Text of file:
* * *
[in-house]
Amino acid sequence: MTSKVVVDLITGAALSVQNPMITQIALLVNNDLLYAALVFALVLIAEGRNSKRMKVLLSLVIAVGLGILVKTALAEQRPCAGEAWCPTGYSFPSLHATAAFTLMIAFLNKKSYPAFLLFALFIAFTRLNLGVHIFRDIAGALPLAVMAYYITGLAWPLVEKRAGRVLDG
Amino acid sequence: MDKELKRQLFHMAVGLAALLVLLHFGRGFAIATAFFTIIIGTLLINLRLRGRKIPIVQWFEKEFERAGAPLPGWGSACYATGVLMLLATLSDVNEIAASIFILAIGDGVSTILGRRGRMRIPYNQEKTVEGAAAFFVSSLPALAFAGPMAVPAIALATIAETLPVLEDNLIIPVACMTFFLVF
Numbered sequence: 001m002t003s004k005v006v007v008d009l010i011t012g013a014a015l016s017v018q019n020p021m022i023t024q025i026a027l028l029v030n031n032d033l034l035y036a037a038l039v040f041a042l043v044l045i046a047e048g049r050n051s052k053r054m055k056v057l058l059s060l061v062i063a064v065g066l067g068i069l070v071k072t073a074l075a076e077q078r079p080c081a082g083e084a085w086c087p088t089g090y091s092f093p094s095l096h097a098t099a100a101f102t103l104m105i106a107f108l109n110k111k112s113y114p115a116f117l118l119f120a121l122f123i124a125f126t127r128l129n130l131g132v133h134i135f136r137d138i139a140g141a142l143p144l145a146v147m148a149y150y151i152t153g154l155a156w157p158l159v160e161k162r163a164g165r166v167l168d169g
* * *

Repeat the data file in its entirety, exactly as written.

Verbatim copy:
[in-house]
Amino acid sequence: MTSKVVVDLITGAALSVQNPMITQIALLVNNDLLYAALVFALVLIAEGRNSKRMKVLLSLVIAVGLGILVKTALAEQRPCAGEAWCPTGYSFPSLHATAAFTLMIAFLNKKSYPAFLLFALFIAFTRLNLGVHIFRDIAGALPLAVMAYYITGLAWPLVEKRAGRVLDG
Amino acid sequence: MDKELKRQLFHMAVGLAALLVLLHFGRGFAIATAFFTIIIGTLLINLRLRGRKIPIVQWFEKEFERAGAPLPGWGSACYATGVLMLLATLSDVNEIAASIFILAIGDGVSTILGRRGRMRIPYNQEKTVEGAAAFFVSSLPALAFAGPMAVPAIALATIAETLPVLEDNLIIPVACMTFFLVF
Numbered sequence: 001m002t003s004k005v006v007v008d009l010i011t012g013a014a015l016s017v018q019n020p021m022i023t024q025i026a027l028l029v030n031n032d033l034l035y036a037a038l039v040f041a042l043v044l045i046a047e048g049r050n051s052k053r054m055k056v057l058l059s060l061v062i063a064v065g066l067g068i069l070v071k072t073a074l075a076e077q078r079p080c081a082g083e084a085w086c087p088t089g090y091s092f093p094s095l096h097a098t099a100a101f102t103l104m105i106a107f108l109n110k111k112s113y114p115a116f117l118l119f120a121l122f123i124a125f126t127r128l129n130l131g132v133h134i135f136r137d138i139a140g141a142l143p144l145a146v147m148a149y150y151i152t153g154l155a156w157p158l159v160e161k162r163a164g165r166v167l168d169g